2.duel - any struggle between two skillful opponents (individuals or groups)
struggle, battle - an energetic attempt to achieve something; "getting through the crowd was a real struggle"; "he fought a battle for recognition"
Verb1.duel - fight a duel, as over one's honor or a woman; "In the 19th century, men often dueled over small matters"
fight, struggle, contend - be engaged in a fight; carry on a fight; "the tribesmen fought each other"; "Siblings are always fighting"; "Militant groups are contending for control of the country"

duel

noun
1. single combat, fight, battle, confrontation, head-to-head, affair of honour He killed a man in a duel.
verb
1. fight, struggle, clash, compete, contest, contend, vie with, lock horns We duelled for two years.

duel

verb
To strive in opposition:
Translations
مُبارَزَهمُنافَسَهيَتَبارَز
bojsoubojutkat se v souboji
duelduelleretvekamp
kaksinkamppailukaksintaistelu
párbajpárbajozik
einvígieinvígi; úrslitaleikurheyja einvígi
dvikovakautis dvikovoje
divkaujaduelētiesduelis
biť sa v súbojisúboj
dvoboj
düellodüello etmek

duel

[ˈdjʊəl]
A. Nduelo m
to fight a duelbatirse en duelo
B. VIbatirse en duelo

duel

[ˈdjuːəl] nduel m
a duel between → un duel entre

duel

n (lit, fig)Duell nt; duel of witsgeistiger Wettstreit
visich duellieren; (German students)eine Mensur schlagen; duelling (Brit) or dueling (US) pistolsDuellierpistolen pl

duel

[ˈdjʊəl]
1. nduello
2. vibattersi in duello

duel

(ˈdjuəl) noun
1. a fight (with swords or pistols) between two people over a matter of honour etc.
2. any contest between two people or two sides. a duel for first place.
verbpast tense, past participle ˈduelled
to fight a duel.
References in classic literature ?
After a moment's pause the duelists saluted the umpire respectfully, then one after another the several officials stepped forward, gracefully removed their caps and saluted him also, and returned to their places.
The duelists sat down; a student official stepped forward, examined the wounded head and touched the place with a sponge once or twice; the surgeon came and turned back the hair from the wound-- and revealed a crimson gash two or three inches long, and proceeded to bind an oval piece of leather and a bunch of lint over it; the tally-keeper stepped up and tallied one for the opposition in his book.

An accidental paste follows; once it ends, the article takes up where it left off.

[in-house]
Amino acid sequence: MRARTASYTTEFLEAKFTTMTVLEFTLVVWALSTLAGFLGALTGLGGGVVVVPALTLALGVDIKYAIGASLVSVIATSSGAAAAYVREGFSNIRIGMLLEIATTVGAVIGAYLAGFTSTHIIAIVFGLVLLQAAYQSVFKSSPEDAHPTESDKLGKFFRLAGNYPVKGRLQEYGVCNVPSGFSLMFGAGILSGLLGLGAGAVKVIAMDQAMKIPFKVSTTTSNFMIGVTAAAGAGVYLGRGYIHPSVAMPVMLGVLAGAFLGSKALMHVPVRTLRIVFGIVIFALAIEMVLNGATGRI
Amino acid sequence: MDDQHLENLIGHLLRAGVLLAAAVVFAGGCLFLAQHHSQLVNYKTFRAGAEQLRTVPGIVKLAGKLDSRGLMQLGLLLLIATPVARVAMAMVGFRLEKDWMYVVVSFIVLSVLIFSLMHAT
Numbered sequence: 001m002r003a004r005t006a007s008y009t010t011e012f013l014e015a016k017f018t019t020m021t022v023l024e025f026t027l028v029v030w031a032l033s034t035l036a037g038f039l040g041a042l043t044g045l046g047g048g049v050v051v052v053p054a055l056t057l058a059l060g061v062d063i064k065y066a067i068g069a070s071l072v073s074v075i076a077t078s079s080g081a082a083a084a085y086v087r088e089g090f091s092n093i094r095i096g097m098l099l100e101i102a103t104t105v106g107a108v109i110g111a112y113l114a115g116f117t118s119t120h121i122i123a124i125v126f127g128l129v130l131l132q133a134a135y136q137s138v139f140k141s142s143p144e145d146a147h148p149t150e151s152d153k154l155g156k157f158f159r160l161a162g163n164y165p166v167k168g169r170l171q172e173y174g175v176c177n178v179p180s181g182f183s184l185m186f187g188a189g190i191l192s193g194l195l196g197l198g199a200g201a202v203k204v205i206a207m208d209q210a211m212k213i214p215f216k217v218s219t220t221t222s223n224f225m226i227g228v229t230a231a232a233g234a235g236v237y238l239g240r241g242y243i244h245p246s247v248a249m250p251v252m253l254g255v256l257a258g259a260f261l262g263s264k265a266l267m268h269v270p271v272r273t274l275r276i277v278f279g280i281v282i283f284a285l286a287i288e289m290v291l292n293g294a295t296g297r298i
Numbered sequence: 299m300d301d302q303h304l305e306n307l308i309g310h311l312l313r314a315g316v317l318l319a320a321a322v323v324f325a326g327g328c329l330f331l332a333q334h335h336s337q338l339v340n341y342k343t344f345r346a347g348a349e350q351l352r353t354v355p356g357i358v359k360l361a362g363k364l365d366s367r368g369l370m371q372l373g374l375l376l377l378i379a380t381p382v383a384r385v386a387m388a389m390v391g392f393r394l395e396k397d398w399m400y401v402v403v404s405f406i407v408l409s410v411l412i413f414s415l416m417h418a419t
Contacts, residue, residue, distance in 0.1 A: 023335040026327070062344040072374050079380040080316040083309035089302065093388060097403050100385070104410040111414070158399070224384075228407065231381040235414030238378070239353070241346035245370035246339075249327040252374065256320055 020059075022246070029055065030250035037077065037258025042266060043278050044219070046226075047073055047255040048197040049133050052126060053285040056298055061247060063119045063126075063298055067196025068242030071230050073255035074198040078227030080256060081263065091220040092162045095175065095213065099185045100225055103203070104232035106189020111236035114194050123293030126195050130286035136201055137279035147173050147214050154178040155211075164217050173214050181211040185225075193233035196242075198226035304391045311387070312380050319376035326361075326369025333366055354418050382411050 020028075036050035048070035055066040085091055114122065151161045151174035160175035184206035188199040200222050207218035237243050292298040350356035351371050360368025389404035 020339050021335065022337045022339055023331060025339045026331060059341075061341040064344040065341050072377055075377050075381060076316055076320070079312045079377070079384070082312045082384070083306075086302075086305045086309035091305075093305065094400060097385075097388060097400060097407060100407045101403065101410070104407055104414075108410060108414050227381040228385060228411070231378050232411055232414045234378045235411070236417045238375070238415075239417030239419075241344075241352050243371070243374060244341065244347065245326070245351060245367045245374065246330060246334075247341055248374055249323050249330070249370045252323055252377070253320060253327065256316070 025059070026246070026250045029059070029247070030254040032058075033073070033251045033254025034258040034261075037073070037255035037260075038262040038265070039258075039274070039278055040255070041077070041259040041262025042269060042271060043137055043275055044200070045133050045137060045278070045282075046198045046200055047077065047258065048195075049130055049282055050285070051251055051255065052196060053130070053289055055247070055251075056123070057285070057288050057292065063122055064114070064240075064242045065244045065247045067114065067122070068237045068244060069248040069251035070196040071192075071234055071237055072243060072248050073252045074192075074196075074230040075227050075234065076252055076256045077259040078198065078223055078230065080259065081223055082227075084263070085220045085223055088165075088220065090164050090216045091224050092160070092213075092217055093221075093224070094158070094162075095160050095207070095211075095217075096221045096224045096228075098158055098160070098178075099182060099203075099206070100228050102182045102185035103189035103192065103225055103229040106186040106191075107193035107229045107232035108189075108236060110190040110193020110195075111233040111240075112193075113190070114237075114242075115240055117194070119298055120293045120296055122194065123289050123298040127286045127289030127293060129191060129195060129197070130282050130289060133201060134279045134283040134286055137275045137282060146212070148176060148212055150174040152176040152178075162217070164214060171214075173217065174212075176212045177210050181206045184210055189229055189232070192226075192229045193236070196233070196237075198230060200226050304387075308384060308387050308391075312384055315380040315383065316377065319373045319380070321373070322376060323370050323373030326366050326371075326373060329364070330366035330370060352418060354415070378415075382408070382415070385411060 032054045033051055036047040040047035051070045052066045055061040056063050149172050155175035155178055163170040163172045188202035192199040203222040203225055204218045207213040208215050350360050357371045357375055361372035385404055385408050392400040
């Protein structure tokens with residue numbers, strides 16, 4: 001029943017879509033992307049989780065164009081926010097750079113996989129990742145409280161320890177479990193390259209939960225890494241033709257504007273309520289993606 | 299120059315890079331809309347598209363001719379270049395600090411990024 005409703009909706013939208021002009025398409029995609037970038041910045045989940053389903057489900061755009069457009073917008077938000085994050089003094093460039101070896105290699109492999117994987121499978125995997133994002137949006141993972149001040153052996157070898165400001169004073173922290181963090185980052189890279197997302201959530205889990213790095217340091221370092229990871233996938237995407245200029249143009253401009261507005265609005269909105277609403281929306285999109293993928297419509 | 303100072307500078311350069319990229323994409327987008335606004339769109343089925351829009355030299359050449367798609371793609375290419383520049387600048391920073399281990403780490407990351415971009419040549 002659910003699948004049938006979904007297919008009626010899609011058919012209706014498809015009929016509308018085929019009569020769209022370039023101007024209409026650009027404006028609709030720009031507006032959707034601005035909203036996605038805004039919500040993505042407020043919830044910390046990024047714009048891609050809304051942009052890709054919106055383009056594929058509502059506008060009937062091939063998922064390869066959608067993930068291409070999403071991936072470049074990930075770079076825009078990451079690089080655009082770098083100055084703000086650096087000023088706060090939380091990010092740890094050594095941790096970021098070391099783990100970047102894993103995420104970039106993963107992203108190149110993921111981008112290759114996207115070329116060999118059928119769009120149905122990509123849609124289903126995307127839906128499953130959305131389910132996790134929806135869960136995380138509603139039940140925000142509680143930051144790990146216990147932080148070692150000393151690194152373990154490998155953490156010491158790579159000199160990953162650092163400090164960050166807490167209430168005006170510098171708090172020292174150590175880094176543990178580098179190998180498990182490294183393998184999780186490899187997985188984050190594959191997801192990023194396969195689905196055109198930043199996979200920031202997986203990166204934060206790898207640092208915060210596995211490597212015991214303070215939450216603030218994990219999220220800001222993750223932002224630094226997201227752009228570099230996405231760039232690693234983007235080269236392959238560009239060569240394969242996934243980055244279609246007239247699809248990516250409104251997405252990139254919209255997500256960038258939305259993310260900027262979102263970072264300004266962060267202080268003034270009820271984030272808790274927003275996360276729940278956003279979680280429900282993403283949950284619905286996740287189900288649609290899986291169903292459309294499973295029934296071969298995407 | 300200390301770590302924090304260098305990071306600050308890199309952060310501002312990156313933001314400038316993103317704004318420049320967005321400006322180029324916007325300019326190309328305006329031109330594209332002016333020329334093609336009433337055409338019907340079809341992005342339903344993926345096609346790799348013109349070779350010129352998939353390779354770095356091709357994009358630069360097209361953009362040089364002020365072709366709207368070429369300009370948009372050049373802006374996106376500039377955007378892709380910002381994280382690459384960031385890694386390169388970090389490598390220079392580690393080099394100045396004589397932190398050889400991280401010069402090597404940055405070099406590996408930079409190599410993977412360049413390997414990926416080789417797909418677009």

Then the duelists took position again; a small stream of blood was flowing down the side of the injured man's head, and over his shoulder and down his body to the floor, but he did not seem to mind this.
These were the duelists returning from the fight; he thought he recognized them, but as he had no desire for white people's company, he stooped down behind the fence until they were out of his way.
Some wished to fight like duelists, believ- ing it to be correct to stand erect and be, from their feet to their foreheads, a mark.
Here he heard the occasional shots of the duelists, and choosing the safer and swifter avenue of the forest branches to the uncertain transportation afforded by a half-broken Abyssinian pony, took to the trees.
The barbaric harness of the duelists lent splendid color to the savage, martial scene.
They exchanged the glances of duelists. Her plain black frock was buttoned up to her throat.
In the meantime the girl moved about the room, keeping out of the way of the duelists, and as she did so, Bradley caught a glimpse of her full face and immediately recognized her as the girl of the place of the yellow door.
Teeka moved from beneath the tree in an effort to keep close to the duelists.
Another voice, from a man of medium height with clear blue eyes, particularly striking among all these drunken voices by its sober ring, cried from the window: "Come here; part the bets!" This was Dolokhov, an officer of the Semenov regiment, a notorious gambler and duelist, who was living with Anatole.
"I don't know what you mean, nor do I even desire to know what you mean," replied the cardinal; "but I wish to please you, and see nothing out of the way in giving you what you demand with respect to so infamous a creature--the more so as you tell me this D'Artagnan is a libertine, a duelist, and a traitor."